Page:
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Mike

Who can't do everything he used to and what he can do takes a hell of a lot longer!






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maverick
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Re: another shoulder of woe!

Post by maverick » Fri Jun 28, 2019 4:41 pm

Ouch!
So from what your saying, this is proximal humerus fracture? If it is, make sure you take care to rule out any injury to your rotator cuff tendons Mike, otherwise it will affect your shoulder mobility. From the picture, it looks more like a mid-shaft fracture, in which case you should rule out any injury to your radial nerve, which could affect your hand/wrist.
Make sure you don't be cavalier about this, at you age Mike :unibrow: , these types of injury can result in long term symptoms, which can range from being annoying to debilitating.
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Re: another shoulder of woe!

Post by SirBC » Fri Jun 28, 2019 10:17 pm

oldranger wrote:
Fri Jun 28, 2019 4:08 pm
So keeping my priorities straight I reported I had a possible fractured humerus and requested a beer and a medic.

Haha, I'll have to remember that if I'm ever in need of a tasty IPA to help with the pain

Hey, I'm off to Alaska too, maybe I'll bump into you. I'll be in Denali in a couple of weeks.
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oldranger
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Re: another shoulder of woe!

Post by oldranger » Sat Jun 29, 2019 8:19 am

SirBC wrote:
Fri Jun 28, 2019 10:17 pm
oldranger wrote:
Fri Jun 28, 2019 4:08 pm
So keeping my priorities straight I reported I had a possible fractured humerus and requested a beer and a medic.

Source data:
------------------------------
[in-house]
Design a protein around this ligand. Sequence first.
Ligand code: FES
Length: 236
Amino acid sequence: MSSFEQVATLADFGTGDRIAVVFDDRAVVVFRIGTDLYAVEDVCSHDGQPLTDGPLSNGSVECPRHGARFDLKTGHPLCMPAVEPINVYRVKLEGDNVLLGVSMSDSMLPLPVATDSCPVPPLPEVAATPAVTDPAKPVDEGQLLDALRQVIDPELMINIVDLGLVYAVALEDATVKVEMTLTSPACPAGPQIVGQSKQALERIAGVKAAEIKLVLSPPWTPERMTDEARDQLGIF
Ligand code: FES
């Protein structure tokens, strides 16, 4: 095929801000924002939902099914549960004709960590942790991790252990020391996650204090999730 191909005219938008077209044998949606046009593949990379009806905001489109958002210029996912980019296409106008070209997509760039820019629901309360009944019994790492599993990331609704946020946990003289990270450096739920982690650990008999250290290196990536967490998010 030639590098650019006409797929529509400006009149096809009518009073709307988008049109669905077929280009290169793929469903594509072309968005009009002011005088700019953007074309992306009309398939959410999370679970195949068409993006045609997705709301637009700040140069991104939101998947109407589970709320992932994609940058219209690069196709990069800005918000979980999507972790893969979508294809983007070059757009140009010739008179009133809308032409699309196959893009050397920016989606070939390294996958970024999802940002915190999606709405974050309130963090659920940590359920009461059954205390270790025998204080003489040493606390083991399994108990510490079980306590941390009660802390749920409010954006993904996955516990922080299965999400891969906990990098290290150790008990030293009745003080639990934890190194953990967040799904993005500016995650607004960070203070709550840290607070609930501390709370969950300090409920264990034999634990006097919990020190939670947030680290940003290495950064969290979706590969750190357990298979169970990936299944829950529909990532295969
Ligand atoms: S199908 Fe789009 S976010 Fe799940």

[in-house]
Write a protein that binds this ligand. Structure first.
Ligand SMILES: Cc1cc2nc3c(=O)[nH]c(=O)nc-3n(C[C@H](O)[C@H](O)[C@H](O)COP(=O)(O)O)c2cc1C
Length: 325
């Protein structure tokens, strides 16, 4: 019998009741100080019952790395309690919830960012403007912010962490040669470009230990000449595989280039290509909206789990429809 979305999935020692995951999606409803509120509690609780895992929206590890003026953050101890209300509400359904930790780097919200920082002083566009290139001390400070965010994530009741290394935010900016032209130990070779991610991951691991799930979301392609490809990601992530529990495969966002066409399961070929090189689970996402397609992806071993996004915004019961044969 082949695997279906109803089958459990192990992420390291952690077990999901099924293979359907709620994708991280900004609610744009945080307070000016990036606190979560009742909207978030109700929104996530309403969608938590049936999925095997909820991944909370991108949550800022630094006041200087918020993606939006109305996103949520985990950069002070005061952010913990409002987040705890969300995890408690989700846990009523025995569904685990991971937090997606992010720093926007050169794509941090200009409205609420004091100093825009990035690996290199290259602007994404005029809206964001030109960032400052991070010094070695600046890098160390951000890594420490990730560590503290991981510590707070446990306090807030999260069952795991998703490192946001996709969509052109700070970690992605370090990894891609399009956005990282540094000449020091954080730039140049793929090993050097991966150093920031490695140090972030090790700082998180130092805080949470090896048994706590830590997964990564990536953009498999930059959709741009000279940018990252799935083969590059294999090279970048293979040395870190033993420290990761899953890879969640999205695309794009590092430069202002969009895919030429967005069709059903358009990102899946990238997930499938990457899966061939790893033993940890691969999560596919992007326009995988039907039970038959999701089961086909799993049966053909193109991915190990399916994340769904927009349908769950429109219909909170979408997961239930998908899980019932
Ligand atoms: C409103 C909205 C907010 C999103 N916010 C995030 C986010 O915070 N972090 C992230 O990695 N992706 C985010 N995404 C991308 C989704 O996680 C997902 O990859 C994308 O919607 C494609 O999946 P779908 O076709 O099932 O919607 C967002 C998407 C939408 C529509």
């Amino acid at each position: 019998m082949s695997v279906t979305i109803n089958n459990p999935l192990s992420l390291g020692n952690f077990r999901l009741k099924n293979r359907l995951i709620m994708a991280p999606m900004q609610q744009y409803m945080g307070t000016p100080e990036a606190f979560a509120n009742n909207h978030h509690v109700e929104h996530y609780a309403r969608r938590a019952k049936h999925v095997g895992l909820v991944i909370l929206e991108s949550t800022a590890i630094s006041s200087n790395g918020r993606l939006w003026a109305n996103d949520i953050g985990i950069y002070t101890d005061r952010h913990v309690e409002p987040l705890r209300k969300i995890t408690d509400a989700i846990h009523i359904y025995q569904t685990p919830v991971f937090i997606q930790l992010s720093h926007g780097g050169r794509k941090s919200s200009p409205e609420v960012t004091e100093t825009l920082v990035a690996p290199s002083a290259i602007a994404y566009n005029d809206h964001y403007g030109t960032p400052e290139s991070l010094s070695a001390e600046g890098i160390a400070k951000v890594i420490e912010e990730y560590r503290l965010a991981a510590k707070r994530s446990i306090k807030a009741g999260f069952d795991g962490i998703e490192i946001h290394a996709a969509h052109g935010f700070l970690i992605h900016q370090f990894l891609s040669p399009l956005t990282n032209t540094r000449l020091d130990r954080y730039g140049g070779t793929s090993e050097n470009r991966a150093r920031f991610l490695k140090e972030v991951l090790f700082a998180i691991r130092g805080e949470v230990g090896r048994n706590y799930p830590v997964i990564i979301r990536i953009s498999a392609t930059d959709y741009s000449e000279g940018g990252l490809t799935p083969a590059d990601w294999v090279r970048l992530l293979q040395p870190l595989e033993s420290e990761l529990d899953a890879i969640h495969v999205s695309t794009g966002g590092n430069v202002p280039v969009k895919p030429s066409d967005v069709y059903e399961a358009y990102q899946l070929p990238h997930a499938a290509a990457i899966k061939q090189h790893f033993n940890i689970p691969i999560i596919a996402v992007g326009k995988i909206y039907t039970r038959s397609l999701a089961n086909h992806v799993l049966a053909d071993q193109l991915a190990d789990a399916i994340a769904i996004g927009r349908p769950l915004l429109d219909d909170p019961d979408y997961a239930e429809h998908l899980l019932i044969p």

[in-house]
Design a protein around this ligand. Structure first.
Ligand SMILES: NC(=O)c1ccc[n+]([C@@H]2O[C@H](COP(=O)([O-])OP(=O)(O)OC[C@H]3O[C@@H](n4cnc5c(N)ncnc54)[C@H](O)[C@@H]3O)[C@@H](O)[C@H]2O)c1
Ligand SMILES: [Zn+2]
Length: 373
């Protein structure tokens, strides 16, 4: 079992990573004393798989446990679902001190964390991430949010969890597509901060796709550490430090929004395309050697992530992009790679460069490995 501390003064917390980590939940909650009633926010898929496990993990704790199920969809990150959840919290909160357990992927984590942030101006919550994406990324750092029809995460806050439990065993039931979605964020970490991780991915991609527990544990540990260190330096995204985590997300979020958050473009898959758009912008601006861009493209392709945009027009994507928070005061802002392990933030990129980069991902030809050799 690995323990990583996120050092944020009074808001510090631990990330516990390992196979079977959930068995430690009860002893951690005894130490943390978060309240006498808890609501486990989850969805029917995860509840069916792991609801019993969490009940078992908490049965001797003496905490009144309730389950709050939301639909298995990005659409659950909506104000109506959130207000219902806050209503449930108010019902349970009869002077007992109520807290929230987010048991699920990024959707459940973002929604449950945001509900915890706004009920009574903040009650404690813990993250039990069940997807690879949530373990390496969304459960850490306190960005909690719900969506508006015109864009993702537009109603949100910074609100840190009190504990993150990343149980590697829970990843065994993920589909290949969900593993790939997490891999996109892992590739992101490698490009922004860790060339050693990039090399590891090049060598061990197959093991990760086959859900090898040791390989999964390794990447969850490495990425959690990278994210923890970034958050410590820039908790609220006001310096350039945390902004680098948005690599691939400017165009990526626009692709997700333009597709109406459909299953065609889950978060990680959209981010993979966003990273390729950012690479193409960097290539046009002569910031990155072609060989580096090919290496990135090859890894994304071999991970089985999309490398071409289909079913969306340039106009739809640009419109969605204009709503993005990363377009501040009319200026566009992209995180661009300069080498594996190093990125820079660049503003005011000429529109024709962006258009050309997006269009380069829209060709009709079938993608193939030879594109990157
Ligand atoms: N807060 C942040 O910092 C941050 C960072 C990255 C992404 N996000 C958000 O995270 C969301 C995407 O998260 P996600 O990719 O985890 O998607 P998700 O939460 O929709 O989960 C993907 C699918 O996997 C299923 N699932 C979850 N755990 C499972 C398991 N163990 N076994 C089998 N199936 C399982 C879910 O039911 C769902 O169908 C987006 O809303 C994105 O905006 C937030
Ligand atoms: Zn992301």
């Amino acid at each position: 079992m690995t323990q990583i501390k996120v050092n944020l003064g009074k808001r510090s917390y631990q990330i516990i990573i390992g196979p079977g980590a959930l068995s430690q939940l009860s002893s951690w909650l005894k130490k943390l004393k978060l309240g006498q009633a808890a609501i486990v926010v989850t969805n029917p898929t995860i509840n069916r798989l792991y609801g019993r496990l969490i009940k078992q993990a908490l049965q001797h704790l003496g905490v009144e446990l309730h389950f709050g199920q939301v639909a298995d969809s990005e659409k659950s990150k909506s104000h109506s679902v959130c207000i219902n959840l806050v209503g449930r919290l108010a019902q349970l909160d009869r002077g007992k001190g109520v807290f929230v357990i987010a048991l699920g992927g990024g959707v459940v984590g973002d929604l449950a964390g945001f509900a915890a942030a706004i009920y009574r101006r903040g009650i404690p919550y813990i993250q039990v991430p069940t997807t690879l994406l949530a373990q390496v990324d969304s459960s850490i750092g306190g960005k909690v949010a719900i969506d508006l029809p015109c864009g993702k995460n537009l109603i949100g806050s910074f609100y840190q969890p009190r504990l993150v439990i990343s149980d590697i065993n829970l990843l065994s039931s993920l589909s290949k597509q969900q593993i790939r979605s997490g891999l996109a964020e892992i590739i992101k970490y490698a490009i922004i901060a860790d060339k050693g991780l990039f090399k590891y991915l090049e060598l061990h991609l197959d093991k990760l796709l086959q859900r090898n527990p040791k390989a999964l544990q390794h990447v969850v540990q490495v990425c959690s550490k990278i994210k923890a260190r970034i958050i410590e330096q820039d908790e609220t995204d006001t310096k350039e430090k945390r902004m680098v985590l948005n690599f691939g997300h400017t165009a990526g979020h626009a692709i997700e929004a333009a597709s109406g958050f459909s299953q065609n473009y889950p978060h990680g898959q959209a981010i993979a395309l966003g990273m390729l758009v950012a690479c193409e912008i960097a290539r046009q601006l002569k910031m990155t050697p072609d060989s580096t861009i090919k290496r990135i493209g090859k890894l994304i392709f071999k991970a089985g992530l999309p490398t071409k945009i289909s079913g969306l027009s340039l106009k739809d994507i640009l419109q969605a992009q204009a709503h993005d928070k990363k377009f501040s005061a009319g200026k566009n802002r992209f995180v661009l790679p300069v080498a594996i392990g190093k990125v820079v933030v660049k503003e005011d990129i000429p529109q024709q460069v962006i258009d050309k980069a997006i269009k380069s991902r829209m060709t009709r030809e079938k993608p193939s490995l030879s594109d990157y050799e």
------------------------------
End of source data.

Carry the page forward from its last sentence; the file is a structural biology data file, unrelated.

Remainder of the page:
Haha, I'll have to remember that if I'm ever in need of a tasty IPA to help with the pain

Hey, I'm off to Alaska too, maybe I'll bump into you. I'll be in Denali in a couple of weeks.
I'll be on the Naknek River that flows into Bristol Bay fishing for Sockeye, mostly.
Mike

Who can't do everything he used to and what he can do takes a hell of a lot longer!

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Re: another shoulder of woe!

Post by oldranger » Sat Jun 29, 2019 8:29 am

maverick wrote:
Fri Jun 28, 2019 4:41 pm
Ouch!
So from what your saying, this is proximal humerus fracture? If it is, make sure you take care to rule out any injury to your rotator cuff tendons Mike, otherwise it will affect your shoulder mobility. From the picture, it looks more like a mid-shaft fracture, in which case you should rule out any injury to your radial nerve, which could affect your hand/wrist.
Make sure you don't be cavalier about this, at you age Mike :unibrow: , these types of injury can result in long term symptoms, which can range from being annoying to debilitating.
It is the head of the humerus. Well aware of possible issues with rotator cuff. My bicep feels like a water ballon with all the blood that came out of the fracture. There really is little discoloration at the level of the fracture but gravity really did a number down the arm. Hand, wrist and elbow work fine but any movement above the elbow is painful.